Since the Scheldt has many inlet and outlet constructions, a study maps the cost effectiveness of creating energy with a low head turbine at the Heusden Lock. This pilot has international consequences, since the water supply from the Dutch Scheldt is an important element to guarantee the tidal power.
Now that the results are in, W&Z concludes that the Heusden Lock is in fact not a suitable location to harvest tidal energy. This because the amount of water flowing through and the change in water levels due to the tides, is not sufficient. The energy produced would not meet the requirements of the deployment to be cost effective.
Important is though, that thanks to Pro-Tide a method was developed that allows to quickly estimate the potential energy generation along the many other inlet and outlet structures of the Scheldt.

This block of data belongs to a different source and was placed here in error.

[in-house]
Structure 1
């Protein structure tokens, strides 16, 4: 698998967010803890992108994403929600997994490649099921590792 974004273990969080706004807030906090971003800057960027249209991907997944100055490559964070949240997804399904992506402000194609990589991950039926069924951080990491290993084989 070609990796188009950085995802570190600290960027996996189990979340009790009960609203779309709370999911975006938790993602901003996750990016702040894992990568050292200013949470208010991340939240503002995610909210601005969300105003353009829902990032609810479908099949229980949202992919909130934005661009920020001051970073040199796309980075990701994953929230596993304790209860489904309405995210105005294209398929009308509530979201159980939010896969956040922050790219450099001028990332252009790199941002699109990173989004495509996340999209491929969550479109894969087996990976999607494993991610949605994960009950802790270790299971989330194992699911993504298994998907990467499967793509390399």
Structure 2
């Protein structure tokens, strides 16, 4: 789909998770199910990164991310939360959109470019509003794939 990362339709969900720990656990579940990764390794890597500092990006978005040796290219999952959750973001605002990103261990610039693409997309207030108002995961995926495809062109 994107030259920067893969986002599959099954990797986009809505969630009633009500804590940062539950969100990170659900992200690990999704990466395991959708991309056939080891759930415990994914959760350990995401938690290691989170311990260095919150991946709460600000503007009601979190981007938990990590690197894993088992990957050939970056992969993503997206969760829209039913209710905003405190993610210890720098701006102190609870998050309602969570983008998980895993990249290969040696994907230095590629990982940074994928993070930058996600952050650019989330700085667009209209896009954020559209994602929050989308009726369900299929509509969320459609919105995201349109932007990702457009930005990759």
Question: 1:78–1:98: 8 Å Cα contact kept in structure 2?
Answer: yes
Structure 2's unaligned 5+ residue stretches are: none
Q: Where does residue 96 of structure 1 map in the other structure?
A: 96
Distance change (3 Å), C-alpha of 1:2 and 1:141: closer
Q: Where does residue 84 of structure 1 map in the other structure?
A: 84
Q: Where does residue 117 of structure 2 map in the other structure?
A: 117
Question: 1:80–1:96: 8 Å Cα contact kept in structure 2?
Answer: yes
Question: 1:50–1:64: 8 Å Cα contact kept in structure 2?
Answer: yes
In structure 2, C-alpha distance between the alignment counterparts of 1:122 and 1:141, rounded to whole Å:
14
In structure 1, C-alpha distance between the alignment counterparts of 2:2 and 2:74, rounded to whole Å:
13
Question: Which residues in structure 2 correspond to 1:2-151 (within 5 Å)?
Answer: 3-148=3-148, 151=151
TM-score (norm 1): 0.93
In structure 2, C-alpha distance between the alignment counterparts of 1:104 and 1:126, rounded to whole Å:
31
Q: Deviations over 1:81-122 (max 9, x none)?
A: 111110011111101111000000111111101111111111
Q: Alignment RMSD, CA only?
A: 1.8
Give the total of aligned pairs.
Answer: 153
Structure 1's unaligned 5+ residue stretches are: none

Testing tidal techniques in the river Scheldt
The Scheldt bridge at Temse was identified as an appropriate location to run tests with tidal devices.
Three manufacturers were selected to deliver three different tidal turbines to make a comparison, based on effectiveness, speed and user-friendliness.
The study will reveal which turbine technique is the most sufficient to create cost effective energy in the low velocity of the Scheldt water. The project at the Heusden Lock has been shut down following negative results to harvest tidal energy. A small flow rate, small drop (only 30% of the time more than 1 meter) and limited duration of time to pump water to the Scheldt river obstruct the effective operation of a tidal turbine in the lock.